Sunday, February 14, 2016

Homily for 1st Sunday of Lent

Homily for the
1st Sunday of Lent
Feb. 14, 2016
Deut 26: 4-10
Rom 10: 8-13
Ursulines, Willow Dr., New Rochelle

There’s something discordant about pairing the story of Jesus’ temptations with Valentine’s Day.  But, as you know, Sunday’s never a day of penance; so if some sweetheart—a nephew, a former student, your superior—has given you a box of Cadbury, enjoy!  And in the spirit of yesterday’s reading from Isaiah (58:9-14), share.

I suppose you’ve heard many homilies about Jesus’ temptations; probably not so many on the 1st and 2d readings or the collect.

In the collect we prayed that “by worthy conduct” we might “pursue” the “effects of the riches hidden in Christ” after “growing” in our “understanding” of those riches.  That’s an allusion to Eph 3:8-9, and why the collect for this Sunday is so framed I can’t tell you because that Scripture passage comes up in the lectionary only on the feast of the Sacred Heart and during Week 29 of Ordinary Time.  I thought maybe it was used in Year A, but no.

Our understanding of the mystery of Christ can never be full or complete, of course.  For the sake of simplicity, let’s say that “the riches hidden in Christ” include access to God’s mercy, an invitation to a new relationship with God—by which we may rightly address him as Abba—and Christ’s effectively establishing such a relationship between us and his Abba.

So we’re praying for a fuller understanding of such riches and for their effectiveness in our lives—an effectiveness that we actively “pursue by worthy conduct.”  Daniel Merz and Abbot Marcel Rooney point out in their study book on the presidential prayers:  “Our ‘worthy conduct’ (conversatio [the Latin text]—which means a conversion of morals) is not of our doing, but the result of what Christ has done in us.”[1]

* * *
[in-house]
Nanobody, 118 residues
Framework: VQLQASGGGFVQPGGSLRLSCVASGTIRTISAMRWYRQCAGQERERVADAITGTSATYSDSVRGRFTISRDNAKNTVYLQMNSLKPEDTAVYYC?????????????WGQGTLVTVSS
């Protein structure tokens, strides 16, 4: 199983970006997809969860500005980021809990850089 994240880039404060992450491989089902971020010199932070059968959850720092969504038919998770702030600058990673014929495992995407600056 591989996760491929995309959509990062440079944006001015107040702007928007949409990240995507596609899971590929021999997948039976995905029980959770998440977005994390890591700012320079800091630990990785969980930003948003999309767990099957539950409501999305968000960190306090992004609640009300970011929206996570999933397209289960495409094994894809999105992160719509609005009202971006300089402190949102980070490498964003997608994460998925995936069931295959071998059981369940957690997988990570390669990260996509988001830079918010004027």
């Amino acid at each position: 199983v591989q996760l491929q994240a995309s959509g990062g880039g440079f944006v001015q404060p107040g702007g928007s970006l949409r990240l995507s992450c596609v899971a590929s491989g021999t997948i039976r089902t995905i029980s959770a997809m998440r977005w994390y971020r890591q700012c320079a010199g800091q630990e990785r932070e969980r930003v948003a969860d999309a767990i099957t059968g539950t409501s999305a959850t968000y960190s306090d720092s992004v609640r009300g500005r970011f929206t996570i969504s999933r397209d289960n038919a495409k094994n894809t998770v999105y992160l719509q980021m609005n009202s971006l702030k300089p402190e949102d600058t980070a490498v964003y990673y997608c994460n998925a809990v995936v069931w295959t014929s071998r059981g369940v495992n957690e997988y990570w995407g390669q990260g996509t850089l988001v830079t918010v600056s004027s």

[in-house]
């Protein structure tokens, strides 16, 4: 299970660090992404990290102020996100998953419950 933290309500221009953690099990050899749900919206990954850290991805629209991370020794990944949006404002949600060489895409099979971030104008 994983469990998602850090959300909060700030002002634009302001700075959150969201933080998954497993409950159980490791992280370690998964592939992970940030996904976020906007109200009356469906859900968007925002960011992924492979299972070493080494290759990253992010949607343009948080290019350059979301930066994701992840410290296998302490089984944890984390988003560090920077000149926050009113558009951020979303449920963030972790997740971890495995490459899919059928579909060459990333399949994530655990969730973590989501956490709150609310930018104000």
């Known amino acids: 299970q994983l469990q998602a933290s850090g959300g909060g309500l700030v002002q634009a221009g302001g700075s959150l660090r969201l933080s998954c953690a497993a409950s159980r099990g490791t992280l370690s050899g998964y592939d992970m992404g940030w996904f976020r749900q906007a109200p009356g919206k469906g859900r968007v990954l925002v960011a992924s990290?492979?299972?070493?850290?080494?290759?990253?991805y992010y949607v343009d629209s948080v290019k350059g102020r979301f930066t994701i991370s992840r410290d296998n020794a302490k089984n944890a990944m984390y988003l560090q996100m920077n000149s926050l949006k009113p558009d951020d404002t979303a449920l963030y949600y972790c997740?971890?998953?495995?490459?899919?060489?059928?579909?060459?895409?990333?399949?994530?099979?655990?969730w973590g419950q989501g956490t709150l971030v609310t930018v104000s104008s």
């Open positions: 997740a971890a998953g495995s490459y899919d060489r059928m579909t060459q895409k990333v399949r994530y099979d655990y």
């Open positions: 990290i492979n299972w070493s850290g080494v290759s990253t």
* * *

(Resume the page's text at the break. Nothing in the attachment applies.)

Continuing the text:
St. Paul addresses the 1st steps of our “conversion,” our response to the grace that Christ offers us.  Those 1st steps are “confessing with your mouth that Jesus is Lord and believing in your heart that God raised him from the dead” (Rom 10:9).  Paul says that if we do those 2 things, we “will be saved”; or in terms of the collect, the riches of Christ will have their effect in us.
Matthias Grunewald, Isenheimer Altar

Publicly professing our faith in Christ—in Baptism, in the Creed, by our presence at the community’s worship—is the beginning of our being saved.  I use the passive voice there—“our being saved”—because salvation comes from God thru Jesus Christ and isn’t our own doing, as Merz and Rooney note.  We can only acknowledge and be grateful for Jesus’ work.

Then Paul says we must believe in our hearts.  You’d think we’d believe in our heads, no?  Paul doesn’t make that kind of a distinction.  In any case, what we profess to believe with our lips has to go deeper—no mere lip service!  It has to penetrate to our minds, as we’d say, and to our hearts, as Paul says explicitly.  Think of what it means when we begin the proclamation of the gospel by signing our foreheads, lips, and hearts.  We have to love what we profess, love the one we confess as our Lord and Savior, risen from the dead, fully alive and offering life to all who are united to him by grace.